2023-2025 EXECUTIVE COMMITTEE
President: Nicholas John
Nicholas John is an Associate Professor in the Department of Communication and Journalism at the Hebrew University of Jerusalem. He is the author of The Age of Sharing (Polity, 2016), which in 2017 was awarded the Nancy Baym Book Award by AoIR. His current work focuses mainly on unfriending and other forms of digital tie breaking. He is @Nik@aoir.social on Mastodon, and his web presence is nicholasjohn.huji.ac.il.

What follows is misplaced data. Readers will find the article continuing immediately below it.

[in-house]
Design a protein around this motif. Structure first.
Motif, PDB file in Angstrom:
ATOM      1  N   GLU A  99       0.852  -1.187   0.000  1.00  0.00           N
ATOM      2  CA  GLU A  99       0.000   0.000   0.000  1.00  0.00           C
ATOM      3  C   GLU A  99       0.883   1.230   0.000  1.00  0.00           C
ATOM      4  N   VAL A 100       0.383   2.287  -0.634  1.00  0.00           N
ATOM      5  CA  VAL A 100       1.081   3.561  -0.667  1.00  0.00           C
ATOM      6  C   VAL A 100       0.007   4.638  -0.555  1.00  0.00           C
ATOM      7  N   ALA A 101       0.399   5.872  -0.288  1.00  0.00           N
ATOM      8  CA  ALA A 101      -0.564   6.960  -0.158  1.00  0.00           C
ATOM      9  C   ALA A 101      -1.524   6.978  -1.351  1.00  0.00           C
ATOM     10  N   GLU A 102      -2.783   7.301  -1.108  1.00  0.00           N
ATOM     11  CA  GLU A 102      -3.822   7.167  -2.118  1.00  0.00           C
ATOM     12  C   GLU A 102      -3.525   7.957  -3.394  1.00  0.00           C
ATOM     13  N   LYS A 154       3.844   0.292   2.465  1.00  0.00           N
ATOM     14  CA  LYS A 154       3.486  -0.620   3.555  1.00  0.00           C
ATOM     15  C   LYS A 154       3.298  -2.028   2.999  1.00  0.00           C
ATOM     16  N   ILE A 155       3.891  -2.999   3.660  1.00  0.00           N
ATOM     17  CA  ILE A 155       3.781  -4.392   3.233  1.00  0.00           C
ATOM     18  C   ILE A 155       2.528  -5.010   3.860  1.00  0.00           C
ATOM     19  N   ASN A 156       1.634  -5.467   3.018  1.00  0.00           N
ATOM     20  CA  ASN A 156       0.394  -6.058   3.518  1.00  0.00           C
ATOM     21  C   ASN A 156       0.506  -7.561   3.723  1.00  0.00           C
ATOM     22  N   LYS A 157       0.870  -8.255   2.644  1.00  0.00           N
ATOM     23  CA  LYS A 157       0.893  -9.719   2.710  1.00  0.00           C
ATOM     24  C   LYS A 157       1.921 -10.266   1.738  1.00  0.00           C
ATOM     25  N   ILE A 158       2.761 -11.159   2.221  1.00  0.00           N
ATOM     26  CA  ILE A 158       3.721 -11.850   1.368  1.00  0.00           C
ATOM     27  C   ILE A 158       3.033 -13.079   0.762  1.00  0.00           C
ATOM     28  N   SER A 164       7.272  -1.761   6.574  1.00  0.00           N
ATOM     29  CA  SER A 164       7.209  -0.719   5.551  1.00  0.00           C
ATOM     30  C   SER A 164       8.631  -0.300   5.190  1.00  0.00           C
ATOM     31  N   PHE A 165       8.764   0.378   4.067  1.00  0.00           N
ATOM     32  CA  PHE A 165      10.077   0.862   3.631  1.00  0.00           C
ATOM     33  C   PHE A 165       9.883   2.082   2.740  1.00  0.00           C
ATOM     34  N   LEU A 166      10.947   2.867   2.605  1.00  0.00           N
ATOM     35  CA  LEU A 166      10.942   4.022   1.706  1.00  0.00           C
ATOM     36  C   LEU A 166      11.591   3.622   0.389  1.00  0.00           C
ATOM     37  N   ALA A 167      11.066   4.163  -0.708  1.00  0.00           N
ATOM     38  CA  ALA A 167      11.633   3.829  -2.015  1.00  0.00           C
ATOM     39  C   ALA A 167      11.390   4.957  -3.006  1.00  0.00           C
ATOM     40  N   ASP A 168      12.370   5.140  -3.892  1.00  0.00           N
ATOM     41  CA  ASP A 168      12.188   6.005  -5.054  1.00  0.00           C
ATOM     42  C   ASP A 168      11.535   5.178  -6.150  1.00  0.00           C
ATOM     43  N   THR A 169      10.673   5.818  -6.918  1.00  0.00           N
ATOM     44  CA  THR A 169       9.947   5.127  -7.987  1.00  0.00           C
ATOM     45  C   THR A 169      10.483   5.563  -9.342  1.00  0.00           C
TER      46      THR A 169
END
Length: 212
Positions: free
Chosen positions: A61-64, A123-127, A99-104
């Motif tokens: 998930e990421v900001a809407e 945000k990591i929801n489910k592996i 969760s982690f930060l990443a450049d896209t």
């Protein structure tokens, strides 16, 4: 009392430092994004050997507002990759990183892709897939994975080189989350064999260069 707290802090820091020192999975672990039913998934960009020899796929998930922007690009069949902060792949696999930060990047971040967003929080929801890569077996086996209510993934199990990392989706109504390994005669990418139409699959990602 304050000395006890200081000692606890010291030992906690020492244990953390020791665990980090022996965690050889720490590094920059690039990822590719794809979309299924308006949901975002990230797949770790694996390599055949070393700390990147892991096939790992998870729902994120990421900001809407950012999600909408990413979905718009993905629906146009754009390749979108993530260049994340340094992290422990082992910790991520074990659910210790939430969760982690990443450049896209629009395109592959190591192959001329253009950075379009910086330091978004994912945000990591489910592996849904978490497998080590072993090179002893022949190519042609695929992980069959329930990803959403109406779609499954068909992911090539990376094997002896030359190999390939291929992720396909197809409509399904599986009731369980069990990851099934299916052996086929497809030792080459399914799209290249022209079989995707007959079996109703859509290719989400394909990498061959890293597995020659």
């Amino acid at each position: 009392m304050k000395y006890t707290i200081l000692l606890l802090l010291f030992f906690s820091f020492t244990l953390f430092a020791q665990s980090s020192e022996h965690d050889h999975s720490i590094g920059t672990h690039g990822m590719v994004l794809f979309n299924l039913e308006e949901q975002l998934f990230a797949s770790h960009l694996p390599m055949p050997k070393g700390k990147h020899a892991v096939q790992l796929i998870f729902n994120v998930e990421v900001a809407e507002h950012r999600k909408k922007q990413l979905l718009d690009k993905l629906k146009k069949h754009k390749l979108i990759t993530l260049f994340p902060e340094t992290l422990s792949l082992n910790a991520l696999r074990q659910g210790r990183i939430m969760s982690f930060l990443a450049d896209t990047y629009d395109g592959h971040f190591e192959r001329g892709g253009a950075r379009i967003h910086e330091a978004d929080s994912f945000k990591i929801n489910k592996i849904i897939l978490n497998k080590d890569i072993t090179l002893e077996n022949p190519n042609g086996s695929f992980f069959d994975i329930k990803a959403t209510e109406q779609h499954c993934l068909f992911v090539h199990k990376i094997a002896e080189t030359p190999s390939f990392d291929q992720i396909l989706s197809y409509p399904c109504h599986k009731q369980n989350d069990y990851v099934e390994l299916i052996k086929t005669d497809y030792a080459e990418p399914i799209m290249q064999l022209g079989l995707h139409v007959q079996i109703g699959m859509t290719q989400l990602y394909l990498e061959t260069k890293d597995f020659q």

Sarah T. Roberts, Ph.D. is an associate professor at UCLA (Gender Studies, Information Studies, Labor Studies), specializing in Internet and social media policy, infrastructure, politics and culture, and the intersection of media, technology and society. She is the faculty director and co-founder of the UCLA Center for Critical Internet Inquiry (C2i2), co-director of the Minderoo Initiative on Technology & Power, and a research associate of the Oxford Internet Institute. Informed by feminist Science and Technology Studies perspectives, Roberts is keenly interested in the way power, geopolitics and economics play out on and via the internet, reproducing, reifying and exacerbating global inequities and social injustice. Roberts researches information work and workers, and is a leading global authority on “commercial content moderation,” the term she coined to describe the work of those responsible for making sure media content posted to major commercial social platforms t within legal, ethical, and the site’s own guidelines and standards. She is frequently consulted on matters of policy, worker welfare, and governance related to content moderation issues and the broader social media landscape.